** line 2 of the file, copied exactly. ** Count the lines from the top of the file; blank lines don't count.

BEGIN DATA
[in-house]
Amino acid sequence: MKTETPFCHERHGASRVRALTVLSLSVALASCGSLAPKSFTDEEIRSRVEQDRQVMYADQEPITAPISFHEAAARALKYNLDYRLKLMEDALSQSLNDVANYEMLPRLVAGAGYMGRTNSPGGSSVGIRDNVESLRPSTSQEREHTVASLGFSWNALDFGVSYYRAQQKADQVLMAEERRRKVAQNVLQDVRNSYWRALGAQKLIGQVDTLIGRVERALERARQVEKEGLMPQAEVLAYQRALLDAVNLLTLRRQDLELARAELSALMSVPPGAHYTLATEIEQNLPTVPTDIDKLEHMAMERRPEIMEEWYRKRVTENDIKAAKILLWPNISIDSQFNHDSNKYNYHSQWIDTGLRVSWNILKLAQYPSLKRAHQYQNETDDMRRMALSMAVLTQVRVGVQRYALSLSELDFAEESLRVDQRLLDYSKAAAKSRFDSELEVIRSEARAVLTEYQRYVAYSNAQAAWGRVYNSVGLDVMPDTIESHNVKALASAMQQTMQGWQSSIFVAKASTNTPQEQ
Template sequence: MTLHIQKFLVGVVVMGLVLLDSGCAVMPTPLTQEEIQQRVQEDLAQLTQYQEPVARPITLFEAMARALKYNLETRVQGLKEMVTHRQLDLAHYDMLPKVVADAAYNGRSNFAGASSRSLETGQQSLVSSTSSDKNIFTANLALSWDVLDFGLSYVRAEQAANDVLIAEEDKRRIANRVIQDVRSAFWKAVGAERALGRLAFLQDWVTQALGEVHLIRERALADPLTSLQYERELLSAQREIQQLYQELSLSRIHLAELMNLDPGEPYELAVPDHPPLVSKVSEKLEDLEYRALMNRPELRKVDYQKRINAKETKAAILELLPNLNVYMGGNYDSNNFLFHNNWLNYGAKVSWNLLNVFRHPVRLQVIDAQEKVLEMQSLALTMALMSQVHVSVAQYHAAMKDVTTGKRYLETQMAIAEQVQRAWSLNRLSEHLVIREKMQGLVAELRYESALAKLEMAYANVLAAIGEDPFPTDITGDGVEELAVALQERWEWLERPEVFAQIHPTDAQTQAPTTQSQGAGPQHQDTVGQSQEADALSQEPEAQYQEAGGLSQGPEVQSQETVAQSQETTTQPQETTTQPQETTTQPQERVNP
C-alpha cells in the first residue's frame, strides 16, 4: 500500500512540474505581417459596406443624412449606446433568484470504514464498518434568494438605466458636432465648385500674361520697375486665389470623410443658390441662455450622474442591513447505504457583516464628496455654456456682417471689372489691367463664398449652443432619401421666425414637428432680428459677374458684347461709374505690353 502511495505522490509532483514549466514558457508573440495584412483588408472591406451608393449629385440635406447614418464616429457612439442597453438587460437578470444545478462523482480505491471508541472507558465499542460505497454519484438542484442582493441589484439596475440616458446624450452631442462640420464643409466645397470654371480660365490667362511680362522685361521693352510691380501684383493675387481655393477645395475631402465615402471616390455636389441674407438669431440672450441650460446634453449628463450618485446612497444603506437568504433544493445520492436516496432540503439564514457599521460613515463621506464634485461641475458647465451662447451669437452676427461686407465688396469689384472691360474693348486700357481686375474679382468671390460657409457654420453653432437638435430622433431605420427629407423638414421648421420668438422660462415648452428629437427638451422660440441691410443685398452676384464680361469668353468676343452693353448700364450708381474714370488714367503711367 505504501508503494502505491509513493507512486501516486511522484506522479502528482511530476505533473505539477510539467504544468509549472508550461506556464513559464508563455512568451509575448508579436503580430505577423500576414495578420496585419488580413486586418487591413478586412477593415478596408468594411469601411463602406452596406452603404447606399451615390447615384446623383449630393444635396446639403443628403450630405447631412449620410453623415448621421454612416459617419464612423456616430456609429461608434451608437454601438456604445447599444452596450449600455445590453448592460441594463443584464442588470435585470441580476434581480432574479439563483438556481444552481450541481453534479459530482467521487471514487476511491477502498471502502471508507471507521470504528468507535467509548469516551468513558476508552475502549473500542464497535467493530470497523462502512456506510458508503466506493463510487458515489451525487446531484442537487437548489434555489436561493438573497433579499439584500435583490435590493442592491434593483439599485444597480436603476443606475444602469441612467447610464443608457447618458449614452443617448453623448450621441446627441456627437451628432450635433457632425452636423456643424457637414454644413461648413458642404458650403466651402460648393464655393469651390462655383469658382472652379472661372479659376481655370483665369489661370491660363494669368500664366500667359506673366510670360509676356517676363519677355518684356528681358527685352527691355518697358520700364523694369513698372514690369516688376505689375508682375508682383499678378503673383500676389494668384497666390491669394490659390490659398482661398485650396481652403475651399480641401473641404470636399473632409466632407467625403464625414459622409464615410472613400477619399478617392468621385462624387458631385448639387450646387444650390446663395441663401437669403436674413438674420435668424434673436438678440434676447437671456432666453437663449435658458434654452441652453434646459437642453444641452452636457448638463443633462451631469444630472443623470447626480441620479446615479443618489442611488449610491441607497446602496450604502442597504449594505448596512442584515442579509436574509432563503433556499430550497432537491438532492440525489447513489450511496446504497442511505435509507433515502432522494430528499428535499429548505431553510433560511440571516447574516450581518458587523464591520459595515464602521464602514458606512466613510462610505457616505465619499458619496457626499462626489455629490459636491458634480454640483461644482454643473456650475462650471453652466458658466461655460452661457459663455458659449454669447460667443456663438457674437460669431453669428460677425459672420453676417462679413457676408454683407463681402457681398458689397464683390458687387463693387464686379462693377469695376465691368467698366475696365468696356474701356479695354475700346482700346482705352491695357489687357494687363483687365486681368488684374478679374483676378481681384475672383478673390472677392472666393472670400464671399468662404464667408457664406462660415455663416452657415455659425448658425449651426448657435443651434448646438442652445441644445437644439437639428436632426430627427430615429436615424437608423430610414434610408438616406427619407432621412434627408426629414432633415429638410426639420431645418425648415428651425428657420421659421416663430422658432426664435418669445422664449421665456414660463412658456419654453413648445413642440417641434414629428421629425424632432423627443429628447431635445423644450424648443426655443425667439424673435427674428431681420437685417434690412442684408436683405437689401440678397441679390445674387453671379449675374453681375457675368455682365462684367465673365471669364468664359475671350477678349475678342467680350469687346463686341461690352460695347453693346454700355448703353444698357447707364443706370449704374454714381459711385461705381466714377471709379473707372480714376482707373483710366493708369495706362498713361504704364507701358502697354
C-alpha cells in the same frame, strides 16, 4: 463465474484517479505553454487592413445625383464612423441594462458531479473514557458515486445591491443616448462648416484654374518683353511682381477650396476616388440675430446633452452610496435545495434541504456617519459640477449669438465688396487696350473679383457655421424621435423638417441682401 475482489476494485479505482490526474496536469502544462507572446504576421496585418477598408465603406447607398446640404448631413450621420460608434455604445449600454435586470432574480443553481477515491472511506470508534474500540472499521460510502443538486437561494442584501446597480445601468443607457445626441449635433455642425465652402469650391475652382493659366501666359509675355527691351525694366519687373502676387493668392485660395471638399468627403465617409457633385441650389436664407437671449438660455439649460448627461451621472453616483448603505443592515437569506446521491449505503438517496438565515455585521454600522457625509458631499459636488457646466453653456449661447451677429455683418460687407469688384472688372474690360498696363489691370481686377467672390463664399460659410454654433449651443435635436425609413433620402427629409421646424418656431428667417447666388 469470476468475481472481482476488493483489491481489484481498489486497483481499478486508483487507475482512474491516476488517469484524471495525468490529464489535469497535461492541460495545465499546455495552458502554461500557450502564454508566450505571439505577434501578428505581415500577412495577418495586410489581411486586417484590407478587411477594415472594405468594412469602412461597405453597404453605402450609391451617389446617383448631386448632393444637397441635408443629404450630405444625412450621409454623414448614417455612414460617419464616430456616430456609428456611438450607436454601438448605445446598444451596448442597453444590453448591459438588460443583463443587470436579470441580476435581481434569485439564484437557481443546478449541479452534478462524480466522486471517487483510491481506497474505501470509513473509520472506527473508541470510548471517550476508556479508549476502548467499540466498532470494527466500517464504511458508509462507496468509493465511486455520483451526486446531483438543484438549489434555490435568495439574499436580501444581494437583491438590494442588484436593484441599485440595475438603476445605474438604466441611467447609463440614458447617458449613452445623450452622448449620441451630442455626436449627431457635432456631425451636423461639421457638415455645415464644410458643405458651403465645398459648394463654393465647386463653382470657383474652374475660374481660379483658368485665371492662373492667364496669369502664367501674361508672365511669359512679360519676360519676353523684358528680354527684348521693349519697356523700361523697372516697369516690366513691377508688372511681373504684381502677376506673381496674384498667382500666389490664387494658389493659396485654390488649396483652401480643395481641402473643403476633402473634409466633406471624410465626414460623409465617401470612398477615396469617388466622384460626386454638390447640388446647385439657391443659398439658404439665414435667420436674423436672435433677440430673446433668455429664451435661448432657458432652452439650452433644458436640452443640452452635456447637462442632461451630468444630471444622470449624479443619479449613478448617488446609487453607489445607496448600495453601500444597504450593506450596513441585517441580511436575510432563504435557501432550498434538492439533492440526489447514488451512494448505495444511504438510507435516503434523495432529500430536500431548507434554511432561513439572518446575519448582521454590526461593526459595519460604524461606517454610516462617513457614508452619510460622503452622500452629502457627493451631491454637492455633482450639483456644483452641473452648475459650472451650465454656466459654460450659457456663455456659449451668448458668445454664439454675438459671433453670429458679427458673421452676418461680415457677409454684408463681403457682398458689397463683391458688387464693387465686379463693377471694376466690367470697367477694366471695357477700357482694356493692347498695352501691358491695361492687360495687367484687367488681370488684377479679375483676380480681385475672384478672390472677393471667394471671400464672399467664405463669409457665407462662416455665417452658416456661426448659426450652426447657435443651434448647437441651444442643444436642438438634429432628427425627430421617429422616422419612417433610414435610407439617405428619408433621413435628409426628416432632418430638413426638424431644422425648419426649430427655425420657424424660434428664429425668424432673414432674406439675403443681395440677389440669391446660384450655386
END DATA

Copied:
Amino acid sequence: MKTETPFCHERHGASRVRALTVLSLSVALASCGSLAPKSFTDEEIRSRVEQDRQVMYADQEPITAPISFHEAAARALKYNLDYRLKLMEDALSQSLNDVANYEMLPRLVAGAGYMGRTNSPGGSSVGIRDNVESLRPSTSQEREHTVASLGFSWNALDFGVSYYRAQQKADQVLMAEERRRKVAQNVLQDVRNSYWRALGAQKLIGQVDTLIGRVERALERARQVEKEGLMPQAEVLAYQRALLDAVNLLTLRRQDLELARAELSALMSVPPGAHYTLATEIEQNLPTVPTDIDKLEHMAMERRPEIMEEWYRKRVTENDIKAAKILLWPNISIDSQFNHDSNKYNYHSQWIDTGLRVSWNILKLAQYPSLKRAHQYQNETDDMRRMALSMAVLTQVRVGVQRYALSLSELDFAEESLRVDQRLLDYSKAAAKSRFDSELEVIRSEARAVLTEYQRYVAYSNAQAAWGRVYNSVGLDVMPDTIESHNVKALASAMQQTMQGWQSSIFVAKASTNTPQEQ